The dedication of Georgia’s new Capitol on July 4, 1889 was an exercise in mixed metaphors. The ceremony, a grand legislative procession from the lawmakers’ temporary digs in an opera house on Marietta Street to the gilded edifice six blocks away, was carefully staged to symbolize democracy as an institution. According to a reporter from the Atlanta Constitution, the Georgia General Assembly members “walked deliberately and quietly, unattended by any flourish of trumpets. It was democratic simplicity personified in the representatives of the people.” And it is with this image of democracy—easily emphasized by the Greco-Roman architecture of the Capitol building—that we encounter the dedication ceremony’s first blundering paradox: amid the over 200 members of the procession, there was only one African American.
The sole black participant in the procession was Samuel A. McIver, a House representative from Liberty County. In 1889, African Americans accounted for almost 45 percent of Georgia’s population, yet were consistently barred from the political process through official state policies and ballot-box discrimination.
Governor John B. Gordon—living representation of the Confederacy and leader of Georgia’s Ku Klux Klan—waited patiently at the Capitol for assembly members to arrive. With a flair of dramatic irony, McIver marched toward Gordon, a man who used both legislative and violent means to deny African Americans participation in democracy.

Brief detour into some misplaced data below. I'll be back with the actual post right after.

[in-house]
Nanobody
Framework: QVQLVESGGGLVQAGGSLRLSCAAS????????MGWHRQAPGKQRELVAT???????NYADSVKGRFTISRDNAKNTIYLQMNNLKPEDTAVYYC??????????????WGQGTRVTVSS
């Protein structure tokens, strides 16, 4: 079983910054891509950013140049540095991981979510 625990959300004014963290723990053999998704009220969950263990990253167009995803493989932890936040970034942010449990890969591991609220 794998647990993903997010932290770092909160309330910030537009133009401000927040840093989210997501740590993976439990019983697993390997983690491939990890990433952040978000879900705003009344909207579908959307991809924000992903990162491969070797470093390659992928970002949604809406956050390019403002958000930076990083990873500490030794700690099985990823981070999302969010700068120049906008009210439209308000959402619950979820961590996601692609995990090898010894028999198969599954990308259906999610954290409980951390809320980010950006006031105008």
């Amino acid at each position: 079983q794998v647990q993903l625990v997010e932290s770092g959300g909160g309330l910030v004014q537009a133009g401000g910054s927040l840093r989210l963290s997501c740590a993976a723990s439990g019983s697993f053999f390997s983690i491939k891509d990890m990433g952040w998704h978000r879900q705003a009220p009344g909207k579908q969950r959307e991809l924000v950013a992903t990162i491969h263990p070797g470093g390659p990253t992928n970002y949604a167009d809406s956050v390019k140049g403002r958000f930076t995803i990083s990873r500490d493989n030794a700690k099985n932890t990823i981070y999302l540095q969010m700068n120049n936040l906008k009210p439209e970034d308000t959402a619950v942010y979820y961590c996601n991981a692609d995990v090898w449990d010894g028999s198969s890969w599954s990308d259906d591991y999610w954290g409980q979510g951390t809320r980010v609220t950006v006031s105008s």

The procession’s interaction with the Capitol’s architectural elements was also symbolic. For instance, the building itself rested atop a hill, and according to a passage in Democracy Restored: A History of the Georgia State Capitol, the forced upward movement of the procession was “an important feature—common to temple design—that signaled the movement from ordinary activities of daily life to extraordinary duties of civic endeavor.”
As the members of the democratic parade ascended the stairs and strode through the Capitol’s west entrance, they passed below sculptures of men and women, each personifying a democratic ideal. The female forms represented liberty, commerce, and prosperity, but in Georgia, an 1889 constitutional amendment denied women the right to vote. And unlike McIver, no women were represented in the Georgia General Assembly. The first female members of the statehouse weren’t elected until 1922.
Gordon and his legislative procession more aptly highlighted Georgia’s racial and gender disparities in political representation. On July 4, they displayed their own version of democracy, an institution where all white men were created equally.